Infographic displaying the pH scale for lawns


What is Cation Exchange Capacity (CEC)?

Cation exchange capacity (CEC) measures the soil's ability to hold positively charged ions.   It influences the soil's ability to hold onto essential nutrients and provides a buffer against soil acidification. It influences soil structure stability, nutrient availability, soil pH, and the soil's reaction to fertilizers and other ameliorants.  Soil ameliorants are inorganic and organic chemicals within the soil. Conditioning products can enhance soil quality and improve turfgrass health, growth, and healing. 

Soils with CEC values below 12 are generally considered inadequate at holding cation nutrients. Soils with less than five CEC values are considered extremely poor; these soils will struggle to support turfgrass.  Soil CEC values typically range between 12-25 for most well-performing turfgrasses.

Infographic for cation exchange capacity


The Importance of Organic Matter (OM)

Organic matter improves soil structure while increasing water infiltration and nutrient-holding capacity. It also enhances root growth into more porous soil. This results in better plant health and allows more movement of mobile nutrients to be absorbed by the roots. The ideal soil organic matter level is 2 – 3 %. If the organic matter level falls below 2 – 3 %, the nutrient and nutrient-holding capacity of the soil becomes very limited.  Average plant growth during the growing seasons cannot be supported.  Therefore, the organic matter must be increased by topdressing with screened and clean compost to increase the organic matter percentage. 


Soluble Salts (salinity) in Soil

Salinity is a measure of the total amount of soluble salts in soil. As soluble salt levels rise, it becomes more difficult for turfgrass to extract water from the soil. Some turfgrasses are more resistant than others, but they become dehydrated as the salt levels exceed their ability to absorb water. Total soluble salts are the total amount of salt dissolved in the soil extract and are expressed in parts per million (ppm). The salts include substances that form common table salt.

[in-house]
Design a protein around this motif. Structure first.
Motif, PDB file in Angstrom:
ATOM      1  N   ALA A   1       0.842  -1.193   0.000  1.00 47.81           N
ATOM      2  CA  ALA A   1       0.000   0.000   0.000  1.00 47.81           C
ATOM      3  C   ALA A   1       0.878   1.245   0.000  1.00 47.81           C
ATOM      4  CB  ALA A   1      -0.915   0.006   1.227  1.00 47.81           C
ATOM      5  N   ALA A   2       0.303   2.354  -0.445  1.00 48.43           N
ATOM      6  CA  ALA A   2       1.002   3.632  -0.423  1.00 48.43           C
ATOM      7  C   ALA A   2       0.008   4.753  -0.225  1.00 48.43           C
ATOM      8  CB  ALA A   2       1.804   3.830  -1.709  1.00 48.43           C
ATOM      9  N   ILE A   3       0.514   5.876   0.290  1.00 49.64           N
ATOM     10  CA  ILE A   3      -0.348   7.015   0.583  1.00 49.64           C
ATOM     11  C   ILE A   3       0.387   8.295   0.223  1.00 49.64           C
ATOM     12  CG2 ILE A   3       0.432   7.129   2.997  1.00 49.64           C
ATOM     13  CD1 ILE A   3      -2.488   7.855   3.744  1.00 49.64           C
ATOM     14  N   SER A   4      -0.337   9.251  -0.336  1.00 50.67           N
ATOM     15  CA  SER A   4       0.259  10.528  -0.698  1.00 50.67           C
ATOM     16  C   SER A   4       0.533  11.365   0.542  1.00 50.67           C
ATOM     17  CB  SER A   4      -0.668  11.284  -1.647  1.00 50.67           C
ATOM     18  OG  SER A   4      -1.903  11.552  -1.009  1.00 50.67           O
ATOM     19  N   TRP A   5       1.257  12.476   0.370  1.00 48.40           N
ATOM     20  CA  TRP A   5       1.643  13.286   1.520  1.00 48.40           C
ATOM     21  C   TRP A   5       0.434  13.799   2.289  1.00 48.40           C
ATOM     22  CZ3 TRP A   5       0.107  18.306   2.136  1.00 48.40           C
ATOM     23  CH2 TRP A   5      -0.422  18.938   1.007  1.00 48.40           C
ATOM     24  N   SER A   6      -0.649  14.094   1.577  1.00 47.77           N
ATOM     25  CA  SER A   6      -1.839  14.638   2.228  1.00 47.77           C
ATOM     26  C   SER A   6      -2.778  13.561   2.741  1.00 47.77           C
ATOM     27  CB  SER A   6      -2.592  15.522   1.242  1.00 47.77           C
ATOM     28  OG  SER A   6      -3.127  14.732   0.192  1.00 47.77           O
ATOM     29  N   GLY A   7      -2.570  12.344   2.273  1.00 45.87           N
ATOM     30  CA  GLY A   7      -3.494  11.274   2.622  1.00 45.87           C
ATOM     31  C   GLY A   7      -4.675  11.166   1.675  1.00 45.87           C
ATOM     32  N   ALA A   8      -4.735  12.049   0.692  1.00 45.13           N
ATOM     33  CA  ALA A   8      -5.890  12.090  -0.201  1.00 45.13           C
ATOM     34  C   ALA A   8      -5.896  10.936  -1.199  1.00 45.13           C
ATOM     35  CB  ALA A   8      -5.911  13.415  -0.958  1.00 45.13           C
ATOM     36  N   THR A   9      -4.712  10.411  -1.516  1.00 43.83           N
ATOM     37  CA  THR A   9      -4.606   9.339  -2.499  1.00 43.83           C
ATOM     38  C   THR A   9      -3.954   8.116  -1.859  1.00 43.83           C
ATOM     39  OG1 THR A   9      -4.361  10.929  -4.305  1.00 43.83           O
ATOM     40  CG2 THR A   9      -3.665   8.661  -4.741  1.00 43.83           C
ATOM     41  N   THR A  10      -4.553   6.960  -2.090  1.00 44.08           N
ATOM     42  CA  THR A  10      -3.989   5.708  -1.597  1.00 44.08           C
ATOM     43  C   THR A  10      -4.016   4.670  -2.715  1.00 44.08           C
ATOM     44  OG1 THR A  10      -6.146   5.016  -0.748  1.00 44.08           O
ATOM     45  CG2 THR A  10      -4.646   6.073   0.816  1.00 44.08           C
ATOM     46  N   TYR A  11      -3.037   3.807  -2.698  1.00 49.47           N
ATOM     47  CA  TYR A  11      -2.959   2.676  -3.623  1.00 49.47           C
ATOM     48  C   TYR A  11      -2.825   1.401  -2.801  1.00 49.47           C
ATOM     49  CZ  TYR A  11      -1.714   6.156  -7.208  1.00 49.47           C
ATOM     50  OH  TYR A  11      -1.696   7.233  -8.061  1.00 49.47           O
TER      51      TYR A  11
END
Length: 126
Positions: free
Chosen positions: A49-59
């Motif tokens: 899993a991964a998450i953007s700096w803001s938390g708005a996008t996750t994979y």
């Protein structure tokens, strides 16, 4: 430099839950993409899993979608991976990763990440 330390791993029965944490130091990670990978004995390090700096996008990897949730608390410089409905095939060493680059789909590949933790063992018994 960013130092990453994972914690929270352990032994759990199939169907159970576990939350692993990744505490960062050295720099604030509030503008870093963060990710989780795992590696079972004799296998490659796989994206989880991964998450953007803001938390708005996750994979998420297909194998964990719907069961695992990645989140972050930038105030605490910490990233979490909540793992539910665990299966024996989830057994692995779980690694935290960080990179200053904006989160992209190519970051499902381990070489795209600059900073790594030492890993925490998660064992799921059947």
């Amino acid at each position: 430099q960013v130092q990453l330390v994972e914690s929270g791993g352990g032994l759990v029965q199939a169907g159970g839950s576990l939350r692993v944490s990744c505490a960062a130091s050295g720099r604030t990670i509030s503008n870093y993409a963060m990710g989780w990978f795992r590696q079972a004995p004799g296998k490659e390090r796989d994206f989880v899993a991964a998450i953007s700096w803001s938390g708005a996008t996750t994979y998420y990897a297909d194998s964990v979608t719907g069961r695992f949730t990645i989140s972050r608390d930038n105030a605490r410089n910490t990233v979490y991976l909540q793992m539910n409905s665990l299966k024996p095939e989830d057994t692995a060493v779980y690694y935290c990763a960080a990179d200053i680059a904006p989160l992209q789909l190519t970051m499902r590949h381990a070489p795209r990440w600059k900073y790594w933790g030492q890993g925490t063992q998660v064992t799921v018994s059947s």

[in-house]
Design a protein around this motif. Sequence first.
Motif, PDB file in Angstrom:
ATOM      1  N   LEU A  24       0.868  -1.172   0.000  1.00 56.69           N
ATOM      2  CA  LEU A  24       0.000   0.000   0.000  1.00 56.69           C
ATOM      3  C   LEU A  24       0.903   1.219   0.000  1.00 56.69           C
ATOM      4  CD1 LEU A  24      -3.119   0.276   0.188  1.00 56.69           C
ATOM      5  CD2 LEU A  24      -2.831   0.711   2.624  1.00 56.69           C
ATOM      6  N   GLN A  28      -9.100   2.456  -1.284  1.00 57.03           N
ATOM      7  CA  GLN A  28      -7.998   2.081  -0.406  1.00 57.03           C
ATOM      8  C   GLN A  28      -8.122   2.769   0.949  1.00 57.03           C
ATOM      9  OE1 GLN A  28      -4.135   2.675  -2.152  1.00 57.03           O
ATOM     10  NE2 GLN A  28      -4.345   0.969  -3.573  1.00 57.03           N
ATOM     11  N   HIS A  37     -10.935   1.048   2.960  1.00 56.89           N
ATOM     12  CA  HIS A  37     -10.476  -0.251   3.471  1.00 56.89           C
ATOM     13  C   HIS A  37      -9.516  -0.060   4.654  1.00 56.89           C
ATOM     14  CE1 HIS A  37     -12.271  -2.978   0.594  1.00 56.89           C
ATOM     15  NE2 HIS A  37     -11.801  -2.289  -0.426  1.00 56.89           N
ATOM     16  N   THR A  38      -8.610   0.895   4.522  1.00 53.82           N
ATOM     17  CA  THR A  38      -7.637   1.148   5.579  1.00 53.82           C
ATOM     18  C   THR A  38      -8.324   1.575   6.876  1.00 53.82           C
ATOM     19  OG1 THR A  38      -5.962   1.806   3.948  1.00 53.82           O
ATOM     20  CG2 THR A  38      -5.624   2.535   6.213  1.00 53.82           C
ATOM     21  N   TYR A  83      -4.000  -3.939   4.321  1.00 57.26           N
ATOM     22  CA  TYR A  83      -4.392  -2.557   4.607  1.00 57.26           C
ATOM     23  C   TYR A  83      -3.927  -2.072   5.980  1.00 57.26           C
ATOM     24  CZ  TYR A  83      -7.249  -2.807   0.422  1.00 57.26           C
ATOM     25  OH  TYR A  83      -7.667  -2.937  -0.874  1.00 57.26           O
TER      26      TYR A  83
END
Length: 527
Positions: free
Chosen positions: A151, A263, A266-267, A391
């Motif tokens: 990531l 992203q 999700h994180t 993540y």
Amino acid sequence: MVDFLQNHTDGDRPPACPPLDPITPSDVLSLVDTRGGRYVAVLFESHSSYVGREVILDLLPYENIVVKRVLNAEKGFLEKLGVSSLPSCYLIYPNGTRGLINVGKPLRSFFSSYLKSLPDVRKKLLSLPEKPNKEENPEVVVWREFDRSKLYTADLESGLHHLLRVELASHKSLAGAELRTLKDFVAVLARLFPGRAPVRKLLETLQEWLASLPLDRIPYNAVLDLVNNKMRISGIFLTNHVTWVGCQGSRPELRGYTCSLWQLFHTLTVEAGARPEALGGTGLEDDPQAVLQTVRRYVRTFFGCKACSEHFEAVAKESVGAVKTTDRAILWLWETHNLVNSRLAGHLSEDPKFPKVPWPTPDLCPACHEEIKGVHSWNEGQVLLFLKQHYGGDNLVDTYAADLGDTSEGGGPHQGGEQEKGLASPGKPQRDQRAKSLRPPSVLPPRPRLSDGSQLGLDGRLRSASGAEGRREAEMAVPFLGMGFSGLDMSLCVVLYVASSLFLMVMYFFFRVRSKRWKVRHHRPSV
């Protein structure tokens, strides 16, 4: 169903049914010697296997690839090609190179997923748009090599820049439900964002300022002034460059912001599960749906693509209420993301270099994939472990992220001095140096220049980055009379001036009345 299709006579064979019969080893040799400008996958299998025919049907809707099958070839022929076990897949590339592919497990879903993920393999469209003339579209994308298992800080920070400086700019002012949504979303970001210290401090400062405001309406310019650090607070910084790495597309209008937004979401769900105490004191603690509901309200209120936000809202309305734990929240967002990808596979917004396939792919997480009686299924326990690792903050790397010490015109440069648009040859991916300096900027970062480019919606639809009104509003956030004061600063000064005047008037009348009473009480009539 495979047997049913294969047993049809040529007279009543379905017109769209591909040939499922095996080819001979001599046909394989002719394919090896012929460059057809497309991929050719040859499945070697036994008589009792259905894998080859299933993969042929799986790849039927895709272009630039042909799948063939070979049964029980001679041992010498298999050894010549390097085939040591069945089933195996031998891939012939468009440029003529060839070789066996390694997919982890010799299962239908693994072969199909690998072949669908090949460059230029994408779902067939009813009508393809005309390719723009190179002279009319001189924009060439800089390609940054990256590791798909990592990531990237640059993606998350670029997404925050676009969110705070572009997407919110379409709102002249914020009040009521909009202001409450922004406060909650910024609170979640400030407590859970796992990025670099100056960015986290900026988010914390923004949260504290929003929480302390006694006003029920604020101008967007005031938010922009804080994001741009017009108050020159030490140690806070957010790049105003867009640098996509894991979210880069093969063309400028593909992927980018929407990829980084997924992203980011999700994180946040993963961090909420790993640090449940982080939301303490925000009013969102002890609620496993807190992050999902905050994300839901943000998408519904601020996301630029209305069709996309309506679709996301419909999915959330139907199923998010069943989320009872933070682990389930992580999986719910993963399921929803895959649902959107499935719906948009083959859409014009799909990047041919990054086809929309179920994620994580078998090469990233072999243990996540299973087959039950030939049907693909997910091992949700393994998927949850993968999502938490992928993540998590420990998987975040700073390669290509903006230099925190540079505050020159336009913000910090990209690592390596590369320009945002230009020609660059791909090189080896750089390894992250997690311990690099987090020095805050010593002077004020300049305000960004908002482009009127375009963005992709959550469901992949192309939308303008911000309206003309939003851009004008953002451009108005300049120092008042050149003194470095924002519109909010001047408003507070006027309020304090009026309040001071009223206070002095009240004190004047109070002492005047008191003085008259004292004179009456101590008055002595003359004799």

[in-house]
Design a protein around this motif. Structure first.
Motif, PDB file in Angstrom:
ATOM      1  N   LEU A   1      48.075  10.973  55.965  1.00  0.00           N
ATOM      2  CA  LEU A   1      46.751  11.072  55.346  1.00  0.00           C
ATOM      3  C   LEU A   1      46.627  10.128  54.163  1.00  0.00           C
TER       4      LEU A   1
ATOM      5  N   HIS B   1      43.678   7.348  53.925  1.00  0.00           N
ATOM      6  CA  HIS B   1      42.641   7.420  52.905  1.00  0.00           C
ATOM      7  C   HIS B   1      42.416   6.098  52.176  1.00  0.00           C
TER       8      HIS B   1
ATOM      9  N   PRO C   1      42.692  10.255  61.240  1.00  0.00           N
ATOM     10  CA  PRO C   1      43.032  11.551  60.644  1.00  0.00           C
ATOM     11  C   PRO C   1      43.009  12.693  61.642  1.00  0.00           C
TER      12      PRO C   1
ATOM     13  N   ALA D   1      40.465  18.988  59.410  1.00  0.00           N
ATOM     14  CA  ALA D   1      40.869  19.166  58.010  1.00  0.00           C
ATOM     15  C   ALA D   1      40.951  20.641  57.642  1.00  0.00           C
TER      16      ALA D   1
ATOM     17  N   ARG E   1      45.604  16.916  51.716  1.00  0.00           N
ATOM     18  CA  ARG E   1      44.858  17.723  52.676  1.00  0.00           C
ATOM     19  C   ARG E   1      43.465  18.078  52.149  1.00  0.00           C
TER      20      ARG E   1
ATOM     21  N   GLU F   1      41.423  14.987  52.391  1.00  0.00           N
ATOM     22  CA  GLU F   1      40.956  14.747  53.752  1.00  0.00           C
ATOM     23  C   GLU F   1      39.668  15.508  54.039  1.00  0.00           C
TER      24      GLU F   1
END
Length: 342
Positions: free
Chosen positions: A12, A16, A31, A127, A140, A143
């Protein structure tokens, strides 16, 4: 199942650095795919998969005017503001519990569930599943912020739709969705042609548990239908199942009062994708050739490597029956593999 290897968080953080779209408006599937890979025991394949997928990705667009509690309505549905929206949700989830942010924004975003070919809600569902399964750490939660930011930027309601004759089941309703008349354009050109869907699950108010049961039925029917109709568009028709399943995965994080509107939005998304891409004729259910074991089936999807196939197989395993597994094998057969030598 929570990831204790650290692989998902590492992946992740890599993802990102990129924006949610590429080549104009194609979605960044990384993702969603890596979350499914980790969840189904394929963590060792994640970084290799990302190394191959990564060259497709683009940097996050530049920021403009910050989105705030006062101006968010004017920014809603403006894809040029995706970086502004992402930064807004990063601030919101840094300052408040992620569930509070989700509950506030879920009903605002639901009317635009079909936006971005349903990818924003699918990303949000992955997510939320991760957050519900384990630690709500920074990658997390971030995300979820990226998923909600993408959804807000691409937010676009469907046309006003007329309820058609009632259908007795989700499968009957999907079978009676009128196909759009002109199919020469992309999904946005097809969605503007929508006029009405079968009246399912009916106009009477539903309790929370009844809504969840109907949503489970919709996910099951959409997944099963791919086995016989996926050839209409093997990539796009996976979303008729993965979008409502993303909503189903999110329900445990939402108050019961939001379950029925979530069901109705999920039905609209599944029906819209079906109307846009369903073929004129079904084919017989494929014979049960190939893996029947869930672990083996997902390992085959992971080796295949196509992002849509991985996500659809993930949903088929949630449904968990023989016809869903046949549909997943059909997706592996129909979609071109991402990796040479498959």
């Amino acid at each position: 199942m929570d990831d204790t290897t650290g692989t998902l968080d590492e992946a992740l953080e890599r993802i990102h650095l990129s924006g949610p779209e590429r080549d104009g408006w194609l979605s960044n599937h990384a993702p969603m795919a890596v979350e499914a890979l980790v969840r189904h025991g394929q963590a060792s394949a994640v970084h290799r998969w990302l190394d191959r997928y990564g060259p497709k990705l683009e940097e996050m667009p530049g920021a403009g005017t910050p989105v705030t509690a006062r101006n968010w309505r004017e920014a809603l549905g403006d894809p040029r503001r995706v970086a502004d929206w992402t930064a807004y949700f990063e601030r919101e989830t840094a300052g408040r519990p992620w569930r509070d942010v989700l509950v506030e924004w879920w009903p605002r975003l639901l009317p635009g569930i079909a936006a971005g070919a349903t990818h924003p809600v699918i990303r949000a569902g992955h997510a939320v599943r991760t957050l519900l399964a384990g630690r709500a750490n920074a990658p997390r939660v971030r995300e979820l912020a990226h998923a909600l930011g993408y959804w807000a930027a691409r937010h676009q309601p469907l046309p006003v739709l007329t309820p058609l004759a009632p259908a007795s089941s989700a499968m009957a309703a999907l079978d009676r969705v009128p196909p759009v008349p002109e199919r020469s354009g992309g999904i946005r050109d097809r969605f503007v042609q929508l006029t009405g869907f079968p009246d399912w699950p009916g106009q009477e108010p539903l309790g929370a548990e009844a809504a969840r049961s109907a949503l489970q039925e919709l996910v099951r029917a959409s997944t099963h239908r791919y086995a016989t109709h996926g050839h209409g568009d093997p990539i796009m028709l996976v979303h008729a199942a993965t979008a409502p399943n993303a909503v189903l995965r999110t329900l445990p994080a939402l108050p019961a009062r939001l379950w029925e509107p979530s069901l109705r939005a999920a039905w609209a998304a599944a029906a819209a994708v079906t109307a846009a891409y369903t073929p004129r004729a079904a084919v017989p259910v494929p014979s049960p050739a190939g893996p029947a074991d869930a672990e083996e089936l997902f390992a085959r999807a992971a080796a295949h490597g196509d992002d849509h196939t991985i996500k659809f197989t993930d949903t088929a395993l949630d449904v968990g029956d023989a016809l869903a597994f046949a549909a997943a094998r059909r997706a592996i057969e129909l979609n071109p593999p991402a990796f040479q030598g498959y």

High-soluble salts burn grass roots and reduce their ability to absorb water and nutrients. Water will continue to move when the concentration of salts inside the root cells is higher than in the soil. Salinity values above two begin to cause problems with salt-sensitive turfgrass, and values above four are problems for many lawn and landscape plants.


Why Should You Soil Test?

Soil test results and recommendations are required to benefit the grass and the environment.  Following the recommendations is highly recommended to provide the soil with proper nutrient alignment for biological processes.  When recommendations are not followed, soil inconsistencies worsen, increasing toxins and decreasing the turfgrass’s ability to function correctly.

Many internal parts must work in coordination with one another within the soil so turfgrass can grow to its fullest potential.  Maintaining harmony and balance within the soil can only be sustained by testing soils.  Understanding the science behind soil testing can seem complicated and confusing.  However, it can be made easier to understand by focusing on pH, NPK, and what is needed within the soil to improve lawns.  

If you have any questions about your lawn, or need help reading your soil test, fill out our form or send us an email at for a free custom lawn plan.


Simple Lawn Solutions
Simple Lawn Solutions

Hello Francis, we can provide you with a customized lawn care plan, please send us an email at

Francis Murtagh
Francis Murtagh

A great article, thank you.

Can you send me your free lawn schedule..